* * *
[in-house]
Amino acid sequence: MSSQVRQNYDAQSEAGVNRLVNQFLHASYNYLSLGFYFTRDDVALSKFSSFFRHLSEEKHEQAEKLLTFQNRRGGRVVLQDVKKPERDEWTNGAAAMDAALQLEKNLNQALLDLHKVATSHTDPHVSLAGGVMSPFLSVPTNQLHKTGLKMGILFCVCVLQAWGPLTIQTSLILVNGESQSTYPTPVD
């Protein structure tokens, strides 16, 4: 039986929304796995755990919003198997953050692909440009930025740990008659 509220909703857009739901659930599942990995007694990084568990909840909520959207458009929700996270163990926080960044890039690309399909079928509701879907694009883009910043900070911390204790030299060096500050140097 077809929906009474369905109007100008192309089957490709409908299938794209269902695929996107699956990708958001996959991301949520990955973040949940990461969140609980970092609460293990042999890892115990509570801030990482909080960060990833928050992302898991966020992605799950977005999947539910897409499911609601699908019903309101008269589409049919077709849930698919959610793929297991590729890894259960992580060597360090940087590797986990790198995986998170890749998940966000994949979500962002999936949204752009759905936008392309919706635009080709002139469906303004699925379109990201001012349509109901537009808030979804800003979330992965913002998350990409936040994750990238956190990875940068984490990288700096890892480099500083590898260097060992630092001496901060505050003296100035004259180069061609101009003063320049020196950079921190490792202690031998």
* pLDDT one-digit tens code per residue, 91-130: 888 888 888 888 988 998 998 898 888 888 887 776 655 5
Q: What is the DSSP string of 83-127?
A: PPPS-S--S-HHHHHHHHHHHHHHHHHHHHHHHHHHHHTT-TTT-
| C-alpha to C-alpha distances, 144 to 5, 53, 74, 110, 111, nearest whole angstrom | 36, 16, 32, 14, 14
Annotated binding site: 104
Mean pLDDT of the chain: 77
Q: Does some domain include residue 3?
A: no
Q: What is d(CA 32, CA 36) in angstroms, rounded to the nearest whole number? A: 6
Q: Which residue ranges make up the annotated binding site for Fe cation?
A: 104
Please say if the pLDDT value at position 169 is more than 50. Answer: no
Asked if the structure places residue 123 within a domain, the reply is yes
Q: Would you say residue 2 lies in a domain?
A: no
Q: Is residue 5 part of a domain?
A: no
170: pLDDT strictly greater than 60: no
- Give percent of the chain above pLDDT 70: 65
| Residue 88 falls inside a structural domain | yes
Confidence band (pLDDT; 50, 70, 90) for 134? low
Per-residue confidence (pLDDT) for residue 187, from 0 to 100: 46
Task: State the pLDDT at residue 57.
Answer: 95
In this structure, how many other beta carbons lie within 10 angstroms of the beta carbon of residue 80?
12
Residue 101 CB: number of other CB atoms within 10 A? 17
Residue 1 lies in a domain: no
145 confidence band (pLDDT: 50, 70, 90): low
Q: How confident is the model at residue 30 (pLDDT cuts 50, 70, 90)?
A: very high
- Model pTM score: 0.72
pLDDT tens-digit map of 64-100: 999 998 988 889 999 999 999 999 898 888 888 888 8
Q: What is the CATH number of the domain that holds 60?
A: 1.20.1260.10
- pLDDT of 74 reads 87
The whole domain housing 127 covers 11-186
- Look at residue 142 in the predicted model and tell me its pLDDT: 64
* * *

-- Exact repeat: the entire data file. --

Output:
[in-house]
Amino acid sequence: MSSQVRQNYDAQSEAGVNRLVNQFLHASYNYLSLGFYFTRDDVALSKFSSFFRHLSEEKHEQAEKLLTFQNRRGGRVVLQDVKKPERDEWTNGAAAMDAALQLEKNLNQALLDLHKVATSHTDPHVSLAGGVMSPFLSVPTNQLHKTGLKMGILFCVCVLQAWGPLTIQTSLILVNGESQSTYPTPVD
């Protein structure tokens, strides 16, 4: 039986929304796995755990919003198997953050692909440009930025740990008659 509220909703857009739901659930599942990995007694990084568990909840909520959207458009929700996270163990926080960044890039690309399909079928509701879907694009883009910043900070911390204790030299060096500050140097 077809929906009474369905109007100008192309089957490709409908299938794209269902695929996107699956990708958001996959991301949520990955973040949940990461969140609980970092609460293990042999890892115990509570801030990482909080960060990833928050992302898991966020992605799950977005999947539910897409499911609601699908019903309101008269589409049919077709849930698919959610793929297991590729890894259960992580060597360090940087590797986990790198995986998170890749998940966000994949979500962002999936949204752009759905936008392309919706635009080709002139469906303004699925379109990201001012349509109901537009808030979804800003979330992965913002998350990409936040994750990238956190990875940068984490990288700096890892480099500083590898260097060992630092001496901060505050003296100035004259180069061609101009003063320049020196950079921190490792202690031998």
* pLDDT one-digit tens code per residue, 91-130: 888 888 888 888 988 998 998 898 888 888 887 776 655 5
Q: What is the DSSP string of 83-127?
A: PPPS-S--S-HHHHHHHHHHHHHHHHHHHHHHHHHHHHTT-TTT-
| C-alpha to C-alpha distances, 144 to 5, 53, 74, 110, 111, nearest whole angstrom | 36, 16, 32, 14, 14
Annotated binding site: 104
Mean pLDDT of the chain: 77
Q: Does some domain include residue 3?
A: no
Q: What is d(CA 32, CA 36) in angstroms, rounded to the nearest whole number? A: 6
Q: Which residue ranges make up the annotated binding site for Fe cation?
A: 104
Please say if the pLDDT value at position 169 is more than 50. Answer: no
Asked if the structure places residue 123 within a domain, the reply is yes
Q: Would you say residue 2 lies in a domain?
A: no
Q: Is residue 5 part of a domain?
A: no
170: pLDDT strictly greater than 60: no
- Give percent of the chain above pLDDT 70: 65
| Residue 88 falls inside a structural domain | yes
Confidence band (pLDDT; 50, 70, 90) for 134? low
Per-residue confidence (pLDDT) for residue 187, from 0 to 100: 46
Task: State the pLDDT at residue 57.
Answer: 95
In this structure, how many other beta carbons lie within 10 angstroms of the beta carbon of residue 80?
12
Residue 101 CB: number of other CB atoms within 10 A? 17
Residue 1 lies in a domain: no
145 confidence band (pLDDT: 50, 70, 90): low
Q: How confident is the model at residue 30 (pLDDT cuts 50, 70, 90)?
A: very high
- Model pTM score: 0.72
pLDDT tens-digit map of 64-100: 999 998 988 889 999 999 999 999 898 888 888 888 8
Q: What is the CATH number of the domain that holds 60?
A: 1.20.1260.10
- pLDDT of 74 reads 87
The whole domain housing 127 covers 11-186
- Look at residue 142 in the predicted model and tell me its pLDDT: 64